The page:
BThis is highly competent level of performance and directly addresses the question or problem raised.There is a demonstration of some ability to critically evaluatetheory and concepts and relate them to practice. Discussions reflect the student’s own arguments and are not simply a repetition of standard lecture andreference material. The work does not suffer from any major errors or omissions and provides evidence of reading beyond the required assignments.
CThis is an acceptable level of performance and provides answers that are clear but limited, reflecting the information offered in the lectures and reference readings.
DThis level of performances demonstrates that the student lacks a coherent grasp of the material.Important information is omitted and irrelevant points included.In effect, the student has barely done enough to persuade the instructor that s/he should not fail.
FThis work fails to show any knowledge or understanding of the issues raised in the question. Most of the material in the answer is irrelevant.

-ATTENDANCE REQUIREMENTS:



ACADEMIC HONESTY
As stated in the university catalog, any student who commits an act of academic dishonesty will receive a failing grade on the work in which the dishonesty occurred. In addition, acts of academic dishonesty, irrespective of the weight of the assignment, may result in the student receiving a failing grade in the course. Instances of academic dishonesty will be reported to the Dean of Academic Affairs. A student who is reported twice for academic dishonesty is subject to summary dismissal from the University. In such a case, the Academic Council will then make a recommendation to the President, who will make the final decision.
STUDENTS WITH LEARNING OR OTHER DISABILITIES
John Cabot University does not discriminate on the basis of disability or handicap. Students with approved accommodations must inform their professors at the beginning of the term. Please see the website for the complete policy.

SCHEDULE

 

-          DETAILED COURSE OUTLINE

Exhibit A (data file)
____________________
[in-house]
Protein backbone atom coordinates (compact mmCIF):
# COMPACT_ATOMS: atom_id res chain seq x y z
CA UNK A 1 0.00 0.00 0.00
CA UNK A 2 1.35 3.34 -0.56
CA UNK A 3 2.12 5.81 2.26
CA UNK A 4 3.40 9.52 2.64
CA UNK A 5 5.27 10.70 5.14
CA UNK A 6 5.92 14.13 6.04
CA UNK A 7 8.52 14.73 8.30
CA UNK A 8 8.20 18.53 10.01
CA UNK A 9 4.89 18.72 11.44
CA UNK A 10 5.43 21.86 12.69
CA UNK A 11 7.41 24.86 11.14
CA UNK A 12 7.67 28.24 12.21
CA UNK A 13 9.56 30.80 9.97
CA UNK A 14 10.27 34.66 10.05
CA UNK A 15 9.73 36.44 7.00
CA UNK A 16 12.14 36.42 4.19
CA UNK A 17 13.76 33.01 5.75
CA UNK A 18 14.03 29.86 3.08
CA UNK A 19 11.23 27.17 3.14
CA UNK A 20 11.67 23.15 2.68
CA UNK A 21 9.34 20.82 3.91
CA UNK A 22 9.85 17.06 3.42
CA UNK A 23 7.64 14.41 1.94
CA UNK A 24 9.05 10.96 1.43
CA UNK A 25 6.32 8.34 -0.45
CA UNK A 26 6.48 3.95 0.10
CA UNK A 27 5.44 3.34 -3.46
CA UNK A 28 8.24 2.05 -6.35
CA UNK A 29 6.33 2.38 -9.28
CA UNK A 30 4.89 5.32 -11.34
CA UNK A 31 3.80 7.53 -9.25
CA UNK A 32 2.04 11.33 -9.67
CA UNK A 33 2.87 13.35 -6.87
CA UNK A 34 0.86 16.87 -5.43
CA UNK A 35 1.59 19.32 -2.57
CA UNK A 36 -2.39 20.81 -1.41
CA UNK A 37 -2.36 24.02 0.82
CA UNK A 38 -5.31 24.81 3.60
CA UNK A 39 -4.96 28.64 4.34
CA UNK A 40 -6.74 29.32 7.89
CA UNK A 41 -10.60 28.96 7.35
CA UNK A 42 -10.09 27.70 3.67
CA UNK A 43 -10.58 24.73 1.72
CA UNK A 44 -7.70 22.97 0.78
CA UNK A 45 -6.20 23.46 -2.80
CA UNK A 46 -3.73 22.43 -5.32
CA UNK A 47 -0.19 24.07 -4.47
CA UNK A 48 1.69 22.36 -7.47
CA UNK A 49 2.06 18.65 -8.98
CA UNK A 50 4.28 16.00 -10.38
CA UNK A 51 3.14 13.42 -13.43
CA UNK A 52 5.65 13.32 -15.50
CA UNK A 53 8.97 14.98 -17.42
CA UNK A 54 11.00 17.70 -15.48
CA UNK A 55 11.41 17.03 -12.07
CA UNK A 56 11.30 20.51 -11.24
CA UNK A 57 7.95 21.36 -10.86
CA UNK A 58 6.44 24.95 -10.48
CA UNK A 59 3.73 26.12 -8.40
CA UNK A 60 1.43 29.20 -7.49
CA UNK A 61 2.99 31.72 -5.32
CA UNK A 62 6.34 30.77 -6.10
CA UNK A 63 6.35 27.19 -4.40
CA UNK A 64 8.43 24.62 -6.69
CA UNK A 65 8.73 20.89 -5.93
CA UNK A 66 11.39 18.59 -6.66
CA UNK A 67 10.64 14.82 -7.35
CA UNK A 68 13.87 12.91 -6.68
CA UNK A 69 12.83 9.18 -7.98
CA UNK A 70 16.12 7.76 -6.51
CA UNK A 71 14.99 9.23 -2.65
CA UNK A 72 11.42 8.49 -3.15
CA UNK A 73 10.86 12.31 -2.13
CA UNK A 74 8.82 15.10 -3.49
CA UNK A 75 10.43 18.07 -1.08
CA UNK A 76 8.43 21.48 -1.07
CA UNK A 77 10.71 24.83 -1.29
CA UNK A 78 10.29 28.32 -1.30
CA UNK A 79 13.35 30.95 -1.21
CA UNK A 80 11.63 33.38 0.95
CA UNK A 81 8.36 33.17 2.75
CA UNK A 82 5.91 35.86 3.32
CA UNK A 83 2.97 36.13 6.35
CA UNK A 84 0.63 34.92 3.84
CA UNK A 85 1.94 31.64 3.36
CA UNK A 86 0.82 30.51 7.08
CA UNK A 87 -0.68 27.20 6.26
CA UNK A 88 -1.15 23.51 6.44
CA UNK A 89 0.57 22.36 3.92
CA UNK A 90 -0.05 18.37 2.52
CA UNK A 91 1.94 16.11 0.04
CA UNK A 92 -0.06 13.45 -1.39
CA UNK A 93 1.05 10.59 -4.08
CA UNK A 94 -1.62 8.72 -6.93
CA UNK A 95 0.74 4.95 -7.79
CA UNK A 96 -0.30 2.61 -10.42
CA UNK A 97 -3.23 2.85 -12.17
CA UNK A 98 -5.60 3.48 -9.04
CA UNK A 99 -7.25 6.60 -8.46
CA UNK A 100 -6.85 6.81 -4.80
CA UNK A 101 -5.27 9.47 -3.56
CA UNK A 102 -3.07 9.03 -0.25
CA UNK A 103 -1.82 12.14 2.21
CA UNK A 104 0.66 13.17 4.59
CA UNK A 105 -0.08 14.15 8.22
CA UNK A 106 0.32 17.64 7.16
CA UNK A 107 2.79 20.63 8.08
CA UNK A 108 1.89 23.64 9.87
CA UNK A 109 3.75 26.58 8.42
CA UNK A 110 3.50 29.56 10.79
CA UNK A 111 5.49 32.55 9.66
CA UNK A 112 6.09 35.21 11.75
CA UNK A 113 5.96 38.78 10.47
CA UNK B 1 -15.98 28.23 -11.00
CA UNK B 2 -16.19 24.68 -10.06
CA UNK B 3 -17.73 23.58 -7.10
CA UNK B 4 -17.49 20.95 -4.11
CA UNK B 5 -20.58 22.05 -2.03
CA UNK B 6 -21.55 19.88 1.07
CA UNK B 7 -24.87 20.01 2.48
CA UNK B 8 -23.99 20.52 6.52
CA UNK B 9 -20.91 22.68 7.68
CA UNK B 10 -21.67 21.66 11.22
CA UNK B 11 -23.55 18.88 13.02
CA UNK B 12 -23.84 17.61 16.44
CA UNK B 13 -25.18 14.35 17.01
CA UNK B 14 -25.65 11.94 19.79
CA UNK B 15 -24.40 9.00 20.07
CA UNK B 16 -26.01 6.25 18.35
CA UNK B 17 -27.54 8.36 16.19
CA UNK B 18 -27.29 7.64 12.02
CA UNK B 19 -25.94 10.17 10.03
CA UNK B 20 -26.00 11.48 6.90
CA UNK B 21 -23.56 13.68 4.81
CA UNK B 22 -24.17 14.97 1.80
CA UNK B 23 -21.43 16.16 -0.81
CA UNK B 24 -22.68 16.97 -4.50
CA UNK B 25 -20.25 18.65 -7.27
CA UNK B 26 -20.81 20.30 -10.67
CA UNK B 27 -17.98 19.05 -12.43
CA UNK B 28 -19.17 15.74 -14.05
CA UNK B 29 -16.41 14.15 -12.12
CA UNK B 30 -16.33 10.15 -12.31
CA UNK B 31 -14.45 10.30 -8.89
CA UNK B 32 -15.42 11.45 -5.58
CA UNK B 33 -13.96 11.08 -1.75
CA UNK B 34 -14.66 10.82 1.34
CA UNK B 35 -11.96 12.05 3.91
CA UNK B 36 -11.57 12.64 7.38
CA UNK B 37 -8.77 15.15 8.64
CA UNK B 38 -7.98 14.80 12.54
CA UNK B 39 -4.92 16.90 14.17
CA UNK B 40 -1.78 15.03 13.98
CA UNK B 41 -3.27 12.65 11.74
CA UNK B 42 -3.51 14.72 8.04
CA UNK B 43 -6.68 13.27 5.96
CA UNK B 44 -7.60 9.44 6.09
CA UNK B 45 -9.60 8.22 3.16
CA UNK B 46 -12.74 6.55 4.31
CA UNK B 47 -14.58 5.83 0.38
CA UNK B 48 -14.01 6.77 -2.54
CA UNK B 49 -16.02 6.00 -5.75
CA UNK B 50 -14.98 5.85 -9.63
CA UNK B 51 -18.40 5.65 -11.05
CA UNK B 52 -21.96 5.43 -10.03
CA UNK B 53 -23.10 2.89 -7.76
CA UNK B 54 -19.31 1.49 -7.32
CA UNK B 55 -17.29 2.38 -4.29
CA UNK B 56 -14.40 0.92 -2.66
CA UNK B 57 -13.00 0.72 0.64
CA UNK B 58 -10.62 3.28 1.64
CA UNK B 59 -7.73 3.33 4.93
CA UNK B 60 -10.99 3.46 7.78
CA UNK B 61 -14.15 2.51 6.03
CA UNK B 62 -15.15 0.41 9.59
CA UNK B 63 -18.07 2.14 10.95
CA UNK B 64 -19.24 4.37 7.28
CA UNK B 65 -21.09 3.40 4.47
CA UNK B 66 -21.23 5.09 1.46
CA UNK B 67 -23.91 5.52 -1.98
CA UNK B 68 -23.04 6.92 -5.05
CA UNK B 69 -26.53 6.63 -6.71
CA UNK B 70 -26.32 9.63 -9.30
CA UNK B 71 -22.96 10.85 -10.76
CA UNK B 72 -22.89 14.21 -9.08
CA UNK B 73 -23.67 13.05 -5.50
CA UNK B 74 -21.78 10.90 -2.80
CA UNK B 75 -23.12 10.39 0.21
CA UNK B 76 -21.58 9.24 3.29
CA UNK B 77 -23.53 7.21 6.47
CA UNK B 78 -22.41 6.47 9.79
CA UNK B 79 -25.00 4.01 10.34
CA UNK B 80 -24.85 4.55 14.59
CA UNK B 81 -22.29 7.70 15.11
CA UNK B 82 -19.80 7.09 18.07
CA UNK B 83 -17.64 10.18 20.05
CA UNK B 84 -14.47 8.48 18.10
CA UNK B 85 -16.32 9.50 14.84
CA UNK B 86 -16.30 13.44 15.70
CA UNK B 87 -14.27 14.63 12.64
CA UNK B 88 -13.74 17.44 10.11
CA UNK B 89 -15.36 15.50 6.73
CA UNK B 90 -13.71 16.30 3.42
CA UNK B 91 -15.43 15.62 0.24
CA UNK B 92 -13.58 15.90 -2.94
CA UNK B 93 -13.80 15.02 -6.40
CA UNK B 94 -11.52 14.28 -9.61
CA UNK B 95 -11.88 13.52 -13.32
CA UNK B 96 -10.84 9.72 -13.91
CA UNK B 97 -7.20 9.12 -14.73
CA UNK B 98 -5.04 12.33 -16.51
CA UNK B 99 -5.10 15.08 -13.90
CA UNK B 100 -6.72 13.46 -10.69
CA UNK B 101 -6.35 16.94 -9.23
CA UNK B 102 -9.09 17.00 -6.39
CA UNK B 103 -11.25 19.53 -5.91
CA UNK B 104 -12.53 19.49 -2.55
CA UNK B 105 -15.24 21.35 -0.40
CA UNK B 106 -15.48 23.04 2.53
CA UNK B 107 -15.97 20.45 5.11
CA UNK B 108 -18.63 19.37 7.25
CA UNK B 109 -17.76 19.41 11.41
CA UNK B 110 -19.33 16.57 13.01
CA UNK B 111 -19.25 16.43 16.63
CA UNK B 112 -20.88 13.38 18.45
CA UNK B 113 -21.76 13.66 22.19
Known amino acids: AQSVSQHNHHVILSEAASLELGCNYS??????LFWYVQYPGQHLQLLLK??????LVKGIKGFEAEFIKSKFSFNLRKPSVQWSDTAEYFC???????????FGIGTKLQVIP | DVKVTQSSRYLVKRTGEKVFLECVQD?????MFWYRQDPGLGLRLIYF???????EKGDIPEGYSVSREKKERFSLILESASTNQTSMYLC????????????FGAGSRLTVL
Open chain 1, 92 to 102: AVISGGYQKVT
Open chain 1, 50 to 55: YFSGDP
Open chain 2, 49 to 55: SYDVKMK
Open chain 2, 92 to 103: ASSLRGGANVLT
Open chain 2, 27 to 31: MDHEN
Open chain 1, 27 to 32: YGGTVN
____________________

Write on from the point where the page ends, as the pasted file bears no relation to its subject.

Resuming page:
-           

Day

Topic

Chapters

Lecture 1

Introduction

 

Lecture 2

What is Economics?

1

Lecture 3

The market forces of demand and supply

3

Lecture 4

The market forces of demand and supply

3

Lecture 5

Elasticity of demand

4

Lecture 6

Elasticity of demand

4

Lecture 7

Elasticity of supply.

4

Lecture 8

Review for Midterm 1

 

Lecture 9

Midterm 1

Ch. 1, 3, 4

Lecture 10

Going over midterm 1

 

Lecture 11

Consumer choice and the concept of utility

Ch. 5

Lecture 12

Consumer choice and the concept of utility

Ch. 5

Lecture 13

Consumer choice and the concept of utility

Ch. 5

Lecture 14

Cost curves

Ch. 6 (S.1)

Lecture 15

Cost curves

Ch. 6 (S. 1)

Lecture 16

Firms in perfect competition

Ch. 6 (S. 2)

Lecture 17

Firms in perfect competition

Ch. 6 (S. 2)

Lecture 18

Review for midterm 2

 

Lecture 19

Midterm 2

Ch. 5, 6

Lecture 20

Going over midterm 2

 

Lecture 21

Consumers, producers and efficiency of markets

Ch. 7

Lecture 22

Consumers, producers and efficiency of markets

Ch. 7

Lecture 23

Supply, demand and government policies

Ch. 8

Lecture 24

Monopoly

Ch. 14

Lecture 25

Monopoly

Ch. 14

Lecture 26

Monopolistic competition

Ch. 15



 

Lecture 27

Monopolistic competition

Ch. 15

Lecture 28

Review

All

This  course outline is not final and may be subject to change.